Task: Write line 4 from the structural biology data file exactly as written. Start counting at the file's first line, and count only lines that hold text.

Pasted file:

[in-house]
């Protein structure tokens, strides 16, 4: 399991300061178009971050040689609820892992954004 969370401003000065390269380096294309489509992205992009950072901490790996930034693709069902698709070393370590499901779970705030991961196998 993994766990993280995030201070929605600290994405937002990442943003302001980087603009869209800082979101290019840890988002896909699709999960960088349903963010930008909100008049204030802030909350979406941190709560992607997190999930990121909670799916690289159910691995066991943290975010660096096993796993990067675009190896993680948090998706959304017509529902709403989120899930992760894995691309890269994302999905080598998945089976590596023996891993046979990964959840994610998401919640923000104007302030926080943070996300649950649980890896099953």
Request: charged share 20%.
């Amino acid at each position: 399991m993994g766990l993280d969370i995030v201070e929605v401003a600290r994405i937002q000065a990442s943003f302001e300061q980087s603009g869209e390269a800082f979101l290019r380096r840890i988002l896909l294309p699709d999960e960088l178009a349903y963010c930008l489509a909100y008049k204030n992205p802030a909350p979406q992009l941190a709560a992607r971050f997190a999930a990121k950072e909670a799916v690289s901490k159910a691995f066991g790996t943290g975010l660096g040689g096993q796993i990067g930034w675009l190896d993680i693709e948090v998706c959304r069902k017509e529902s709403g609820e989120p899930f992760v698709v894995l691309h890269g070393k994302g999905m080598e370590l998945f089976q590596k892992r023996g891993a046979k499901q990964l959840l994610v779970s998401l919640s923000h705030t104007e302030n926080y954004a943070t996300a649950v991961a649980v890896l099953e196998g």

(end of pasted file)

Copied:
């Amino acid at each position: 399991m993994g766990l993280d969370i995030v201070e929605v401003a600290r994405i937002q000065a990442s943003f302001e300061q980087s603009g869209e390269a800082f979101l290019r380096r840890i988002l896909l294309p699709d999960e960088l178009a349903y963010c930008l489509a909100y008049k204030n992205p802030a909350p979406q992009l941190a709560a992607r971050f997190a999930a990121k950072e909670a799916v690289s901490k159910a691995f066991g790996t943290g975010l660096g040689g096993q796993i990067g930034w675009l190896d993680i693709e948090v998706c959304r069902k017509e529902s709403g609820e989120p899930f992760v698709v894995l691309h890269g070393k994302g999905m080598e370590l998945f089976q590596k892992r023996g891993a046979k499901q990964l959840l994610v779970s998401l919640s923000h705030t104007e302030n926080y954004a943070t996300a649950v991961a649980v890896l099953e196998g």